Radiative forcing is intended as a useful way to compare different causes of perturbations in a climate system. Other possible tools can be constructed for the same purpose: for example Shine et al.[8] say "...recent experiments indicate that for changes in absorbing aerosols and ozone, the predictive ability of radiative forcing is much worse... we propose an alternative, the 'adjusted troposphere and stratosphere forcing'. We present GCM calculations showing that it is a significantly more reliable predictor of this GCM's surface temperature change than radiative forcing. It is a candidate to supplement radiative forcing as a metric for comparing different mechanisms...". In this quote, GCM stands for "global circulation model", and the word "predictive" does not refer to the ability of GCMs to forecast climate change. Instead, it refers to the ability of the alternative tool proposed by the authors to help explain the system response.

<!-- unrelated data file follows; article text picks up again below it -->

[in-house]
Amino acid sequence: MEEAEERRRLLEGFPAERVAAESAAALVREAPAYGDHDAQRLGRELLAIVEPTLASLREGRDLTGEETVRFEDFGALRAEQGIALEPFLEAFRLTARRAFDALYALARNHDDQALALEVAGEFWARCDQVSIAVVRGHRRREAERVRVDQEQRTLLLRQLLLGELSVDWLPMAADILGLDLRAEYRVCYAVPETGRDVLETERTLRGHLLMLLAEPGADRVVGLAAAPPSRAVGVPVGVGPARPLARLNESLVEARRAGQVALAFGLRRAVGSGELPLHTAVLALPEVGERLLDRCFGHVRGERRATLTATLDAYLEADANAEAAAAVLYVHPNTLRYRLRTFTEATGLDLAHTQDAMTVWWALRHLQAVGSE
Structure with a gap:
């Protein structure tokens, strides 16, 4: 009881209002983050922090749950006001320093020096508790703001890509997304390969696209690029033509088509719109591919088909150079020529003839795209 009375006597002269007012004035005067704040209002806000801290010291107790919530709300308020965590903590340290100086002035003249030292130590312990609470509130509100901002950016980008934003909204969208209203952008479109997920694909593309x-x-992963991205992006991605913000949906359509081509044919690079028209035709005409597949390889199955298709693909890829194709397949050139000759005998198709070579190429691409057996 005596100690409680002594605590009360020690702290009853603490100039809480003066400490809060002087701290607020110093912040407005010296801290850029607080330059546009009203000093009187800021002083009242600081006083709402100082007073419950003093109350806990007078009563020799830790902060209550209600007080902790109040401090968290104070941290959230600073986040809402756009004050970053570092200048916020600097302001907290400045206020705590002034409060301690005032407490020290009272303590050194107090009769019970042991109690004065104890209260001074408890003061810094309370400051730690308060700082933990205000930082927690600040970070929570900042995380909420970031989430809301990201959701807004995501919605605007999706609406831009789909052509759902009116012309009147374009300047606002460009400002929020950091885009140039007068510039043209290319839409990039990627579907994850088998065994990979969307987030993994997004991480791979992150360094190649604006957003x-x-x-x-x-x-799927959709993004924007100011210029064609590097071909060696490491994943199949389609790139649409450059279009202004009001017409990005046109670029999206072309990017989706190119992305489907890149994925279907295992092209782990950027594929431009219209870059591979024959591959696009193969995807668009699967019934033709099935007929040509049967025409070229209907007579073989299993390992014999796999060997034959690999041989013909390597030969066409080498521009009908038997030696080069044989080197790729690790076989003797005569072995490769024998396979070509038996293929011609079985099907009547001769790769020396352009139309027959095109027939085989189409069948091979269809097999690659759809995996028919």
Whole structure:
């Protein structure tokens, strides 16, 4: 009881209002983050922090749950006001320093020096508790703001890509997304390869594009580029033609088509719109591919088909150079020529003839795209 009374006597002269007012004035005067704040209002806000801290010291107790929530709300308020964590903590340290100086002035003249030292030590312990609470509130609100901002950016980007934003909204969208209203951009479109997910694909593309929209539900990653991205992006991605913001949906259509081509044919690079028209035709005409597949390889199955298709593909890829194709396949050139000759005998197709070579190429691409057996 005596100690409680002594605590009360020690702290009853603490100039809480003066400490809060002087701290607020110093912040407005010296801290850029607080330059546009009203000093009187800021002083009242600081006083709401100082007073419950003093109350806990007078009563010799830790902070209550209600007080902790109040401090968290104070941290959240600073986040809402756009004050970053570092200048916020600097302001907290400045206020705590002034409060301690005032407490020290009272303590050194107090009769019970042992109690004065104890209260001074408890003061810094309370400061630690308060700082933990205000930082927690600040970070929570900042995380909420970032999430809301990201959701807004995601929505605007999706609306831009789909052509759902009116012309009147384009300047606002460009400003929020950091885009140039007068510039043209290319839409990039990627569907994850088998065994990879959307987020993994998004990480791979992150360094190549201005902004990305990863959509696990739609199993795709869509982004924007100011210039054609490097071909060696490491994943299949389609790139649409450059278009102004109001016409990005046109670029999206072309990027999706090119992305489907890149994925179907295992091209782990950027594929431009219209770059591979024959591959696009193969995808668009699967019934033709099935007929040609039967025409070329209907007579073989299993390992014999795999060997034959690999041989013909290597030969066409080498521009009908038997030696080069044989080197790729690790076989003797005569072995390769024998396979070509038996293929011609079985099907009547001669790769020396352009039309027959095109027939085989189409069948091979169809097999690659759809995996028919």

See also

References

  1. ^ http://www.grida.no/climate/ipcc_tar/wg1/212.htm
  2. ^ http://www.grida.no/climate/ipcc_tar/wg1/214.htm#611
  3. ^ http://www.ipcc.ch/pdf/assessment-report/ar4/syr/ar4_syr.pdf
  4. ^ Rockstrom, Johan; Steffen, Will; Noone, Kevin; Persson, Asa; Chapin, F. Stuart; Lambin, Eric F.; et al., TM; Scheffer, M et al. (2009). "A safe operating space for humanity". Nature 461 (7263): 472–475. doi:10.1038/461472a. PMID 19779433. 
  5. ^ http://www.grida.no/publications/other/ipcc_tar/?src=/climate/ipcc_tar/wg1/222.htm
  6. ^ Myhre et al., New estimates of radiative forcing due to well mixed greenhouse gases, Geophysical Research Letters, Vol 25, No. 14, pp 2715–2718, 1998
  7. ^ http://www.grida.no/climate/ipcc_tar/wg1/222.htm
  8. ^ Shine et al., An alternative to radiative forcing for estimating the relative importance of climate change mechanisms, Geophysical Research Letters, Vol 30, No. 20, 2047, doi:10.1029/2003GL018141, 2003

External links